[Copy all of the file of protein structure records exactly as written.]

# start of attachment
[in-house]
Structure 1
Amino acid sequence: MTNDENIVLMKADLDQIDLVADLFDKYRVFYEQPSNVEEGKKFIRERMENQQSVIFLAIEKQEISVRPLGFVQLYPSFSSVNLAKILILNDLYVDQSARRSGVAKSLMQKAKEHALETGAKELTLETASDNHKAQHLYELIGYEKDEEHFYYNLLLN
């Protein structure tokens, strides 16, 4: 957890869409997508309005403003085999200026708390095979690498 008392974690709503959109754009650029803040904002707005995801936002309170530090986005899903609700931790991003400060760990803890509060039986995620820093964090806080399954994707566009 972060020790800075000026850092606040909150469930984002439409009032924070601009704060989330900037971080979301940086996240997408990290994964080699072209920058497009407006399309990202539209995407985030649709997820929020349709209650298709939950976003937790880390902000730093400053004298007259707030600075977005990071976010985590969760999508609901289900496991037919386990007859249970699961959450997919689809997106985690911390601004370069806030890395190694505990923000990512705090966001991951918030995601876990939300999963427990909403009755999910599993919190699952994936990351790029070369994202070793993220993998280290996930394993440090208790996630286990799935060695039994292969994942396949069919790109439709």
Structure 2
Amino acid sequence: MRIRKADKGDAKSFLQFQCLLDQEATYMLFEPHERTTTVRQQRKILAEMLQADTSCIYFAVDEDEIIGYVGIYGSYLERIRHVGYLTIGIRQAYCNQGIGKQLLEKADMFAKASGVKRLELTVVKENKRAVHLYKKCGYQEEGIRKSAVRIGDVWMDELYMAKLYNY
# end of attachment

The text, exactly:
[in-house]
Structure 1
Amino acid sequence: MTNDENIVLMKADLDQIDLVADLFDKYRVFYEQPSNVEEGKKFIRERMENQQSVIFLAIEKQEISVRPLGFVQLYPSFSSVNLAKILILNDLYVDQSARRSGVAKSLMQKAKEHALETGAKELTLETASDNHKAQHLYELIGYEKDEEHFYYNLLLN
């Protein structure tokens, strides 16, 4: 957890869409997508309005403003085999200026708390095979690498 008392974690709503959109754009650029803040904002707005995801936002309170530090986005899903609700931790991003400060760990803890509060039986995620820093964090806080399954994707566009 972060020790800075000026850092606040909150469930984002439409009032924070601009704060989330900037971080979301940086996240997408990290994964080699072209920058497009407006399309990202539209995407985030649709997820929020349709209650298709939950976003937790880390902000730093400053004298007259707030600075977005990071976010985590969760999508609901289900496991037919386990007859249970699961959450997919689809997106985690911390601004370069806030890395190694505990923000990512705090966001991951918030995601876990939300999963427990909403009755999910599993919190699952994936990351790029070369994202070793993220993998280290996930394993440090208790996630286990799935060695039994292969994942396949069919790109439709």
Structure 2
Amino acid sequence: MRIRKADKGDAKSFLQFQCLLDQEATYMLFEPHERTTTVRQQRKILAEMLQADTSCIYFAVDEDEIIGYVGIYGSYLERIRHVGYLTIGIRQAYCNQGIGKQLLEKADMFAKASGVKRLELTVVKENKRAVHLYKKCGYQEEGIRKSAVRIGDVWMDELYMAKLYNY